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E-coli outbreak in lettuce has spread to Mississippi. Here's what you need to know.

Mississippi has now joined the rest of the country in the current romaine lettuce scare.

According to The Associated Press, health officials said Friday the outbreak has now spread to Mississippi, Tennessee and Wisconsin. The outbreak is blamed on the O157:H7 strain of E. coli bacteria in romaine lettuce grown in Yuma, Arizona.

Of the 98 cases in 22 states, there have been 46 hospitalizations with 10 people "developing a type of kidney failure called hemolytic uremic syndrome." According to the CDC, ages range from 1 to 88. No deaths have been reported.

The Centers for Disease Control and Prevention reported Thursday there was one case in Mississippi. The highest concentration of cases has been reported in California and Pennsylvania, followed by New Jersey, Idaho and Montana. Louisiana, Tennessee and Georgia have also reported cases, according to the Centers for Disease Control and Prevention.

People who have become sick with E. coli will begin to feel the symptoms between two and eight days after consumption of the contaminated food. Early symptoms may include bloody diarrhea, fever, nausea and vomiting.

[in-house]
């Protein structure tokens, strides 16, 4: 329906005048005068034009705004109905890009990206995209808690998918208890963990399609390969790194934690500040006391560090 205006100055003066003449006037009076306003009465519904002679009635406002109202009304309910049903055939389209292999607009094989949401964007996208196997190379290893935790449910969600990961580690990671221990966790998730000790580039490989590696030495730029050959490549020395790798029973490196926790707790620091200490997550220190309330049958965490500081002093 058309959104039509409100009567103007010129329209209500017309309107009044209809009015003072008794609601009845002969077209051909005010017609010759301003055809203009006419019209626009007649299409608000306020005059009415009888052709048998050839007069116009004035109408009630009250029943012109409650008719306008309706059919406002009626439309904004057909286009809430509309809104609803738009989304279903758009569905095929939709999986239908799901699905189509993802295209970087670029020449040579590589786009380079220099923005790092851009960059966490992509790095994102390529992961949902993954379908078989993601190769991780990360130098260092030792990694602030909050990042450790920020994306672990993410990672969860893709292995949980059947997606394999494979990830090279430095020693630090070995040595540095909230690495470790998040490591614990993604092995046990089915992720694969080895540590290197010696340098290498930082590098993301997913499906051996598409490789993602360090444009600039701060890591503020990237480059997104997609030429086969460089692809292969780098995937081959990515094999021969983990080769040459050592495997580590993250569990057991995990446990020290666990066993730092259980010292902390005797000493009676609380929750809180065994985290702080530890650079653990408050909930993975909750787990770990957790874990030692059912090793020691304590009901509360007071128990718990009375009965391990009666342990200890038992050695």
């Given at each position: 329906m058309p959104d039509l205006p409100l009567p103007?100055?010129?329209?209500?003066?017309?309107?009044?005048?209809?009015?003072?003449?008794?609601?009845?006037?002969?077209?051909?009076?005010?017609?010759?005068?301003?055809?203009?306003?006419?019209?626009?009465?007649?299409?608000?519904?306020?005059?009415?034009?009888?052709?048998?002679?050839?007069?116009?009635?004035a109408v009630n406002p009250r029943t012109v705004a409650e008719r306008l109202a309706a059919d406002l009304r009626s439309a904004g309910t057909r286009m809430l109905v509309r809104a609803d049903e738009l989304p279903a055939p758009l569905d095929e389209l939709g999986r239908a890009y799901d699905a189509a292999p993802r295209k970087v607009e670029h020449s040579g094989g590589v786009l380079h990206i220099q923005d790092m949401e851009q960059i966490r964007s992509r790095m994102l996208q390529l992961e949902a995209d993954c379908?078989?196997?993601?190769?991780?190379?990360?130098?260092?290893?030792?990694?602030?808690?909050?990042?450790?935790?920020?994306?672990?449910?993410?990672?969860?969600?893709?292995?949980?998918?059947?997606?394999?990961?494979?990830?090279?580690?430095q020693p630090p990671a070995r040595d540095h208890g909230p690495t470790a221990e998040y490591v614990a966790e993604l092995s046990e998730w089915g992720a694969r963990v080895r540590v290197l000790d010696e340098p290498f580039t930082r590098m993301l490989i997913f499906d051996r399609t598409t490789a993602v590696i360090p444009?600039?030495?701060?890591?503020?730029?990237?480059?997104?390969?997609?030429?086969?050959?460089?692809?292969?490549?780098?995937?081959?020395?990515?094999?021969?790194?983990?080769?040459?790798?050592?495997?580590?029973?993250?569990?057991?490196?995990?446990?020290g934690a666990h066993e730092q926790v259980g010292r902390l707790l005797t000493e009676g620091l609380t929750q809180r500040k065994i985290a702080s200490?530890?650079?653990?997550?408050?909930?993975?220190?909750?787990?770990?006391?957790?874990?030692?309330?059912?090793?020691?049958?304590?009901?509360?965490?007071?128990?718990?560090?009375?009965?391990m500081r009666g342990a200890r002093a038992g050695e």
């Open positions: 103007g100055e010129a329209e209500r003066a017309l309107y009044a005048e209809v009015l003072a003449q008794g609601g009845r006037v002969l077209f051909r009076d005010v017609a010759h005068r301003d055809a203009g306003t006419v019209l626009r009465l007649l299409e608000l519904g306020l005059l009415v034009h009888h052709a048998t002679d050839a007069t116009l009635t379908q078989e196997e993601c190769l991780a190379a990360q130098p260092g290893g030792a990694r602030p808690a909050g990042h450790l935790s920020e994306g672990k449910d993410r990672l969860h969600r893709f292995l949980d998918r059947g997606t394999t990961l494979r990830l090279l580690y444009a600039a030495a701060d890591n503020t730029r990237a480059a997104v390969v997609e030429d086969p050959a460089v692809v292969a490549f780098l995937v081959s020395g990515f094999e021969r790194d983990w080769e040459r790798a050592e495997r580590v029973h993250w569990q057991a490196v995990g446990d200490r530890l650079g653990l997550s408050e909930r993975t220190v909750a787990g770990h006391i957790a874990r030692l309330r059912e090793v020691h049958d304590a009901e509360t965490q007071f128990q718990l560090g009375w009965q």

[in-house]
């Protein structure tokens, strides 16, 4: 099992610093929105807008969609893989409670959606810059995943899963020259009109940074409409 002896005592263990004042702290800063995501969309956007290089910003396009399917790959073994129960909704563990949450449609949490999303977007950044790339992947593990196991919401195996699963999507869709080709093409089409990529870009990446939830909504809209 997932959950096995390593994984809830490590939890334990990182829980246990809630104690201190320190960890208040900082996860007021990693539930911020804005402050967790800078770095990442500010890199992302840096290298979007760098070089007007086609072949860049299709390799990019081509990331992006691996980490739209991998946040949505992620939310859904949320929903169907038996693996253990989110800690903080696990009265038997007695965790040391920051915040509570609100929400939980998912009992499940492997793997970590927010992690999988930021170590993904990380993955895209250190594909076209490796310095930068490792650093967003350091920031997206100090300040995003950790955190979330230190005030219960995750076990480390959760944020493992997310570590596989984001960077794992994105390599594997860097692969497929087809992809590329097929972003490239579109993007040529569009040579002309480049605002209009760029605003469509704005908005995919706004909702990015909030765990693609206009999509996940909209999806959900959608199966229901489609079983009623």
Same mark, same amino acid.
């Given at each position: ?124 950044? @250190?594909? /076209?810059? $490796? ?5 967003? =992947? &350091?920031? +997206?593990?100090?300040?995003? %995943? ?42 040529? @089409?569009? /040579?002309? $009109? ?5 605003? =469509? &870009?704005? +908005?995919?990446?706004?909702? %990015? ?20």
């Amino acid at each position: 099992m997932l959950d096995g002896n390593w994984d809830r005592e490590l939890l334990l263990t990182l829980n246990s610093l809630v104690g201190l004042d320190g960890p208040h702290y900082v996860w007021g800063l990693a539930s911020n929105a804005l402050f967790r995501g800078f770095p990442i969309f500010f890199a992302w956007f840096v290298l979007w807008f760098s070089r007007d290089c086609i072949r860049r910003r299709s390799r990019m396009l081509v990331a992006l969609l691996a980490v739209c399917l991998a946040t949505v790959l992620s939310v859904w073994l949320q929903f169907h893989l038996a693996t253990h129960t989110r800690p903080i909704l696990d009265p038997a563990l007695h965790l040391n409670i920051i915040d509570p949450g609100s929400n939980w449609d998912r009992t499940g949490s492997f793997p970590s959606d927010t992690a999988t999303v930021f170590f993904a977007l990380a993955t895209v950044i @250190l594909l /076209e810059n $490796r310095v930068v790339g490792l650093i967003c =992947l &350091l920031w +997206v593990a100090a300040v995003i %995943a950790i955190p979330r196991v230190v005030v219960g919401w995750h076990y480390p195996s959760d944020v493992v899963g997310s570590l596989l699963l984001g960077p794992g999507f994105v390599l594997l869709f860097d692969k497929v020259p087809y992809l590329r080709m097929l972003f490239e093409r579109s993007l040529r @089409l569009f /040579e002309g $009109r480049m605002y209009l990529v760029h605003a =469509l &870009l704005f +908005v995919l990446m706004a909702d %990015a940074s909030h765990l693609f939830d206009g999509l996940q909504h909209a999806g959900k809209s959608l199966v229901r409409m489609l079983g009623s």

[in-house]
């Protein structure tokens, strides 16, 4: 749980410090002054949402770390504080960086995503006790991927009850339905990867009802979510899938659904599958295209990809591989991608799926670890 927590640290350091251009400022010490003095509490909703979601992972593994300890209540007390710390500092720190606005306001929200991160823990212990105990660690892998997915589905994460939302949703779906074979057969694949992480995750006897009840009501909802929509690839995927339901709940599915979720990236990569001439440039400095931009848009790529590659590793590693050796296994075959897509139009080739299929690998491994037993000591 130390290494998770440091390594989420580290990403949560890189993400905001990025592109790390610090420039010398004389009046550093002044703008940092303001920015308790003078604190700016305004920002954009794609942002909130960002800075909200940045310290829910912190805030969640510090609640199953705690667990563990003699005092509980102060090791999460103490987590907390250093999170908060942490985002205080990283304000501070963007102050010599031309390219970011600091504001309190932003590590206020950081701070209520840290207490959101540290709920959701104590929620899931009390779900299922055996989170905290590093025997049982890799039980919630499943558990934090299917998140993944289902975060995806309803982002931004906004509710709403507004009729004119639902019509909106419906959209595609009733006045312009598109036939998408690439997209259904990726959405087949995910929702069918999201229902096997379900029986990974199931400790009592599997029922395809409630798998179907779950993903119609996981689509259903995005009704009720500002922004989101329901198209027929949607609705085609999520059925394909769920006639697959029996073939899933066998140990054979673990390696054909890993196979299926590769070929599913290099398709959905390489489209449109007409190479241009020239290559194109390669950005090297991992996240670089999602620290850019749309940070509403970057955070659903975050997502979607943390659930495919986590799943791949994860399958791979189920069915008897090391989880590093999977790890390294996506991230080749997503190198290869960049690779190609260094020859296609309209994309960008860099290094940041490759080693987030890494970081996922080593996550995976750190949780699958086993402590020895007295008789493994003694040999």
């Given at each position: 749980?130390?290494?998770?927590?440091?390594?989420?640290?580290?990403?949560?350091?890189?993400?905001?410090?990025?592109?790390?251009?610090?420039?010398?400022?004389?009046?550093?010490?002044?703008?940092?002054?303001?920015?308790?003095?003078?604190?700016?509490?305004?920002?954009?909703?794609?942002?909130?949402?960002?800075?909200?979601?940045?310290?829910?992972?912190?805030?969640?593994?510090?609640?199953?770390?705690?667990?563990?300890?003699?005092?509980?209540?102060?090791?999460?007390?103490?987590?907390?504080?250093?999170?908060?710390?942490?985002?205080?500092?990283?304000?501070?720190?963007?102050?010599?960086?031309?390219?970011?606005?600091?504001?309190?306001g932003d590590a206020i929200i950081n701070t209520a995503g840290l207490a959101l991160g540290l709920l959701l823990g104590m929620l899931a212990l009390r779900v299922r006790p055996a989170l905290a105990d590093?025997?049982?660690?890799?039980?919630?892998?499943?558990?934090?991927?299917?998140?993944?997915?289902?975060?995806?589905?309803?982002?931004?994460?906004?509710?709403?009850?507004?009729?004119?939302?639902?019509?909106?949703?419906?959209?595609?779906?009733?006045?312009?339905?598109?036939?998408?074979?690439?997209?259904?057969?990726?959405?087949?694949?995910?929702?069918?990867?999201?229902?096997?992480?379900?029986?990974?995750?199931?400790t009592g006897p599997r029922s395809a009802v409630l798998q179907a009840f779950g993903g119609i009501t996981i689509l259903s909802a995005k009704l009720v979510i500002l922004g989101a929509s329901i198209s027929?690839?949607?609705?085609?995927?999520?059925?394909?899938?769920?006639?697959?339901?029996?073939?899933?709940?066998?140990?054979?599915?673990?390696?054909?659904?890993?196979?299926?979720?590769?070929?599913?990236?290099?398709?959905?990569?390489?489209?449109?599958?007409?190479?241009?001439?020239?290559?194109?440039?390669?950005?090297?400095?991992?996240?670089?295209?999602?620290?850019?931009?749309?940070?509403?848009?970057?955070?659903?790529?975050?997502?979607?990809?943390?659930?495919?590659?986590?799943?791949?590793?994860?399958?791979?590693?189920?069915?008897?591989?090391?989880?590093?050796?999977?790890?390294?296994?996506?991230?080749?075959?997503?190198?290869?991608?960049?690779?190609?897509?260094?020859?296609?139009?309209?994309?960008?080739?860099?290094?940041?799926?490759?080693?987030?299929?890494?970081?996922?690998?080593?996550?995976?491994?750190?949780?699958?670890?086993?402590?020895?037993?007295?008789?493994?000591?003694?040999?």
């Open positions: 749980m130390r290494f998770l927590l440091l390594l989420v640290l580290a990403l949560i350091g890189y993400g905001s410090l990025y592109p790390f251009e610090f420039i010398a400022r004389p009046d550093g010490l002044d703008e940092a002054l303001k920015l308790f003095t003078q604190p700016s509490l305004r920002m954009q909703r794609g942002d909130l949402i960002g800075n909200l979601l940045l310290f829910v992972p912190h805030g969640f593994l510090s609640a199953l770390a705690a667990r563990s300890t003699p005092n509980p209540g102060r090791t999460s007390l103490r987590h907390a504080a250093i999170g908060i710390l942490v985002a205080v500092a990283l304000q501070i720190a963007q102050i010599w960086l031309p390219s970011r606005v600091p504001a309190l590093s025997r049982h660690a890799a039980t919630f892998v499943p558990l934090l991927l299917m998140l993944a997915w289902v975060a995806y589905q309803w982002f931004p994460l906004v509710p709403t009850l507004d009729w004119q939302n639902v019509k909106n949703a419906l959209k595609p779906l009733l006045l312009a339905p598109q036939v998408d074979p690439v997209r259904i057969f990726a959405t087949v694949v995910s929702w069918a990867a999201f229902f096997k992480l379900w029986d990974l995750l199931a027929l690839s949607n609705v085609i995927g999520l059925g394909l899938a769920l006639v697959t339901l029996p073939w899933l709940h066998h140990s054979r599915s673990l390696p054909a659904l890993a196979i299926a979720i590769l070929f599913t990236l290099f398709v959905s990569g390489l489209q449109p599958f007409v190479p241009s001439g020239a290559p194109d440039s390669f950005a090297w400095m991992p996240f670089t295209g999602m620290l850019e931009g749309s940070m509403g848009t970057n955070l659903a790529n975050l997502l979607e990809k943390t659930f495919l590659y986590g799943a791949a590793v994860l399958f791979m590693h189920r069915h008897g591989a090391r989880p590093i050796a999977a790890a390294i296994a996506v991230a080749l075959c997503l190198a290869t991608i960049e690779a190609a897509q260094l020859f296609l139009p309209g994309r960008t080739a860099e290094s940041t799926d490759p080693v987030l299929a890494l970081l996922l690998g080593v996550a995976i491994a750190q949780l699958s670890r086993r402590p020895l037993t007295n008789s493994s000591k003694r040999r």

The CDC has issued the following list of advice to consumers:

  • Do not eat or buy romaine lettuce unless you can confirm it is not from the Yuma, Arizona, growing region.
  • Product labels often do not identify growing regions; so, do not eat or buy it if you are uncertain about where it was grown.
  • This advice includes whole heads and hearts of romaine, chopped romaine, and salads and salad mixes containing romaine lettuce. If you do not know if the lettuce in a salad mix is romaine, do not eat it.
  • Take action if you have symptoms of an E. coli infection:
    • Talk to your healthcare provider.
    • Write down what you ate in the week before you started to get sick.
    • Report your illness to the health department.
    • Assist public health investigators by answering questions about your illness.
  • Follow these general ways to prevent E. coli infection:
    • Wash your hands. Wash hands after using the restroom or changing diapers, before and after preparing or eating food, and after contact with animals.
    • Don’t prepare food or drink for others when you are sick.
    • Cook meats thoroughly to kill harmful germs. Cook steaks and roasts to at least 145˚F and let rest for 3 minutes after you remove meat from the grill or stove. Cook ground beef and pork to at least 160˚F. Use a food thermometer to check the temperature of the meat.
    • Don’t cross-contaminate food preparation areas. Thoroughly wash hands, counters, cutting boards, and utensils after they touch raw meat.
    • Wash fruits and vegetables before eating, unless the package says the contents have been washed.
    • Avoid raw milk, other unpasteurized dairy products, and unpasteurized juices.

The outbreak is the largest in the U.S. in 12 years.

Patrick Ochs: 228-896-2326, @patrickochs
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